# Day 22: Optimisation

Sudoku-as-a-Service is a great illustration of Julia’s integer programming facilities. Julia has several packages which implement various flavours of optimisation: JuMP, JuMPeR, Gurobi, CPLEX, DReal, CoinOptServices and OptimPack. We’re not going to look at anything quite as elaborate as Sudoku today, but focus instead on finding the extrema in some simple (or perhaps not so simple) mathematical functions. At this point you might find it interesting to browse through this catalog of test functions for optimisation.

## Optim

We’ll start out by using the Optim package to find extrema in Himmelblau’s function:

$$f(x, y) = (x^2+y-11)^2 + (x+y^2-7)^2.$$

This function has one maximum and four minima. One of the minima is conveniently located at

$$(x, y) = (3, 2).$$

As usual the first step is to load the required package.

using Optim


Then we set up the objective function along with its gradient and Hessian functions.

function himmelblau(x::Vector)
(x[1]^2 + x[2] - 11)^2 + (x[1] + x[2]^2 - 7)^2
end

himmelblau (generic function with 1 method)

function himmelblau_gradient!(x::Vector, gradient::Vector)
gradient[1] = 4 \* x[1] \* (x[1]^2 + x[2] - 11) + 2 * (x[1] + x[2]^2 - 7)
gradient[2] = 2 \* (x[1]^2 + x[2] - 11) + 4 \* x[2] * (x[1] + x[2]^2 - 7)
end

himmelblau_gradient! (generic function with 1 method)

function himmelblau_hessian!(x::Vector, hessian::Matrix)
hessian[1, 1] = 4 \* (x[1]^2 + x[2] - 11) + 8 \* x[1]^2 + 2
hessian[1, 2] = 4 \* x[1] + 4 \* x[2]
hessian[2, 1] = 4 \* x[1] + 4 \* x[2]
hessian[2, 2] = 4 \* (x[1] + x[2]^2 - 7) + 8 \* x[2]^2 + 2
end

himmelblau_hessian! (generic function with 1 method)


There are a number of algorithms at our disposal. We’ll start with the Nelder Mead method which only uses the objective function itself. I am very happy with the detailed output provided by the optimize() function and clearly it converges on a result which is very close to what we expected.

optimize(himmelblau, [2.5, 2.5], method = :nelder_mead)

Results of Optimization Algorithm
* Starting Point: [2.5,2.5]
* Minimum: [3.0000037281643586,2.0000105449945313]
* Value of Function at Minimum: 0.000000
* Iterations: 35
* Convergence: true
* |x - x'| < NaN: false
* |f(x) - f(x')| / |f(x)| < 1.0e-08: true
* |g(x)| < NaN: false
* Exceeded Maximum Number of Iterations: false
* Objective Function Calls: 69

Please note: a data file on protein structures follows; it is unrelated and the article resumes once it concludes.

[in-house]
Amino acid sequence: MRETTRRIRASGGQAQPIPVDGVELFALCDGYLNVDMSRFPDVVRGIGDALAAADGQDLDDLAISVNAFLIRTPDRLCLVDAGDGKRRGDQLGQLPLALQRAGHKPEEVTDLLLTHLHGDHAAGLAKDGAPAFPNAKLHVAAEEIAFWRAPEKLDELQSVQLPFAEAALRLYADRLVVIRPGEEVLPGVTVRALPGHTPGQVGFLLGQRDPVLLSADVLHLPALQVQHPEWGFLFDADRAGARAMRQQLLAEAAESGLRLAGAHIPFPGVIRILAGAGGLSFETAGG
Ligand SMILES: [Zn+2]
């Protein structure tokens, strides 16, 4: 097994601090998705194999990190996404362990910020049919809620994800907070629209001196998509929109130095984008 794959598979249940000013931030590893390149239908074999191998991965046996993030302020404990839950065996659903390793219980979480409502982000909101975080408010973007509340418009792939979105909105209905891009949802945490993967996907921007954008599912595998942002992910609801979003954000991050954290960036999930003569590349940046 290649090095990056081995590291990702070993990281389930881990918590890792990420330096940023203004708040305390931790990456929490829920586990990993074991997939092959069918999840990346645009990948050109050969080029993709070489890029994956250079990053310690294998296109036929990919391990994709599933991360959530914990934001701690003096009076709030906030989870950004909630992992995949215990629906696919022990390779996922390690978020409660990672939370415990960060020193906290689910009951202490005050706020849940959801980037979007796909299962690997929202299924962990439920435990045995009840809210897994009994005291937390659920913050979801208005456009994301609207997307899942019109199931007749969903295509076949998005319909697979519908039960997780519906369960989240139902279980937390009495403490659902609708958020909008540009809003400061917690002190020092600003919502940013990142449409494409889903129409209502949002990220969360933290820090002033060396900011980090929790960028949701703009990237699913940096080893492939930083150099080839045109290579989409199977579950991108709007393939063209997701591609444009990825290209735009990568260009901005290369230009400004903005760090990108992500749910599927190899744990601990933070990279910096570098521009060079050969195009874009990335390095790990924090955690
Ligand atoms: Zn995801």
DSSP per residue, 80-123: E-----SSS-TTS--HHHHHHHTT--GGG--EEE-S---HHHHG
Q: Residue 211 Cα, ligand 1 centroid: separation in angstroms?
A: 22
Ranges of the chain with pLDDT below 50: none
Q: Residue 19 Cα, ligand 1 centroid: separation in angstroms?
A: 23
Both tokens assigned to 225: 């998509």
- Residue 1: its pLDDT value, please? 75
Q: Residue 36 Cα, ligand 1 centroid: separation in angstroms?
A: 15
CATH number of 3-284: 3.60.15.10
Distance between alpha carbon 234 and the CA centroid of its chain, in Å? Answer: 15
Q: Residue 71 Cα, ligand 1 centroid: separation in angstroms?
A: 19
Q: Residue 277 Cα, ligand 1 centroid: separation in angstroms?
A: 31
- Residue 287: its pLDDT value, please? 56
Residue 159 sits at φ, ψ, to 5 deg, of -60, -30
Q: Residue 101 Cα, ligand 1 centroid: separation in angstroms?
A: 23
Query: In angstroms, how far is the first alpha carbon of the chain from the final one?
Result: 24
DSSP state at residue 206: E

Next we’ll look at the limited-memory version of the BFGS algorithm. This can be applied either with or without an explicit gradient function. In this case we’ll provide the gradient function defined above. Again we converge on the right result, but this time with far fewer iterations required.

optimize(himmelblau, himmelblau_gradient!, [2.5, 2.5], method = :l_bfgs)

Results of Optimization Algorithm
* Algorithm: L-BFGS
* Starting Point: [2.5,2.5]
* Minimum: [2.999999999999385,2.0000000000001963]
* Value of Function at Minimum: 0.000000
* Iterations: 6
* Convergence: true
* |x - x'| < 1.0e-32: false
* |f(x) - f(x')| / |f(x)| < 1.0e-08: false
* |g(x)| < 1.0e-08: true
* Exceeded Maximum Number of Iterations: false
* Objective Function Calls: 25


Finally we’ll try out Newton’s method, where we’ll provide both gradient and Hessian functions. The result is spot on and we’ve shaved off one iteration. Very nice indeed!

optimize(himmelblau, himmelblau_gradient!, himmelblau_hessian!, [2.5, 2.5], method = :newton)

Results of Optimization Algorithm
* Algorithm: Newton's Method
* Starting Point: [2.5,2.5]
* Minimum: [3.0,2.0]
* Value of Function at Minimum: 0.000000
* Iterations: 5
* Convergence: true
* |x - x'| < 1.0e-32: false
* |f(x) - f(x')| / |f(x)| < 1.0e-08: true
* |g(x)| < 1.0e-08: true
* Exceeded Maximum Number of Iterations: false
* Objective Function Calls: 19


There is also a Simulated Annealing solver in the Optim package.

## NLopt

NLopt is an optimisation library with interfaces for a variety of programming languages. NLopt offers a variety of optimisation algorithms. We’ll apply both a gradient-based and a derivative-free technique to maximise the function

$$\sin\alpha \cos\beta$$

subject to the constraints

$$2 \alpha \leq \beta$$

and

$$\beta \leq \pi/2.$$

Before we load the NLopt package, it’s a good idea to restart your Julia session to flush out any remnants of the Optim package.

using NLopt


We’ll need to write the objective function and a generalised constraint function.

count = 0;
grad[2] = - sin(x[1]) * sin(x[2])
end

global count
count::Int += 1
println("Iteration $count:$x")

sin(x[1]) * cos(x[2])
end

objective (generic function with 1 method)

function constraint(x::Vector, grad::Vector, a, b, c)
end
a * x[1] + b * x[2] - c
end

constraint (generic function with 1 method)